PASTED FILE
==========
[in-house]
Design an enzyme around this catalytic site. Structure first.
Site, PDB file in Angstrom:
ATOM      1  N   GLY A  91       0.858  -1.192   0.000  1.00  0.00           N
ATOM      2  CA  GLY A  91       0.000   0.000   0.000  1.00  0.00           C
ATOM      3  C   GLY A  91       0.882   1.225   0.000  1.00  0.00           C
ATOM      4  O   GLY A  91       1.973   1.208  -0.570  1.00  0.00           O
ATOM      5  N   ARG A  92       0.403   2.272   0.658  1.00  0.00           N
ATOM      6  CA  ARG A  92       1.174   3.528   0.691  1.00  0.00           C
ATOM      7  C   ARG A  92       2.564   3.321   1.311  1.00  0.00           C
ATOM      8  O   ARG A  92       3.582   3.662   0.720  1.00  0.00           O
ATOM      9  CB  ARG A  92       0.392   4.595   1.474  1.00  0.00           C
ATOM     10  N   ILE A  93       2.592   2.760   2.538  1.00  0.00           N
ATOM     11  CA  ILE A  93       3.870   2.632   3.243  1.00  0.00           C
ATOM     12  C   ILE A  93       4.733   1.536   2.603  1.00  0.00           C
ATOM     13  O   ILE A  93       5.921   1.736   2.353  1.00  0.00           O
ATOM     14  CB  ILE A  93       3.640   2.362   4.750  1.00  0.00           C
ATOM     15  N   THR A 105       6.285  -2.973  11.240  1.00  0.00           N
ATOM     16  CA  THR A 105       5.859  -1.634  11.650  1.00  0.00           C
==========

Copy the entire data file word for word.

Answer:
[in-house]
Design an enzyme around this catalytic site. Structure first.
Site, PDB file in Angstrom:
ATOM      1  N   GLY A  91       0.858  -1.192   0.000  1.00  0.00           N
ATOM      2  CA  GLY A  91       0.000   0.000   0.000  1.00  0.00           C
ATOM      3  C   GLY A  91       0.882   1.225   0.000  1.00  0.00           C
ATOM      4  O   GLY A  91       1.973   1.208  -0.570  1.00  0.00           O
ATOM      5  N   ARG A  92       0.403   2.272   0.658  1.00  0.00           N
ATOM      6  CA  ARG A  92       1.174   3.528   0.691  1.00  0.00           C
ATOM      7  C   ARG A  92       2.564   3.321   1.311  1.00  0.00           C
ATOM      8  O   ARG A  92       3.582   3.662   0.720  1.00  0.00           O
ATOM      9  CB  ARG A  92       0.392   4.595   1.474  1.00  0.00           C
ATOM     10  N   ILE A  93       2.592   2.760   2.538  1.00  0.00           N
ATOM     11  CA  ILE A  93       3.870   2.632   3.243  1.00  0.00           C
ATOM     12  C   ILE A  93       4.733   1.536   2.603  1.00  0.00           C
ATOM     13  O   ILE A  93       5.921   1.736   2.353  1.00  0.00           O
ATOM     14  CB  ILE A  93       3.640   2.362   4.750  1.00  0.00           C
ATOM     15  N   THR A 105       6.285  -2.973  11.240  1.00  0.00           N
ATOM     16  CA  THR A 105       5.859  -1.634  11.650  1.00  0.00           C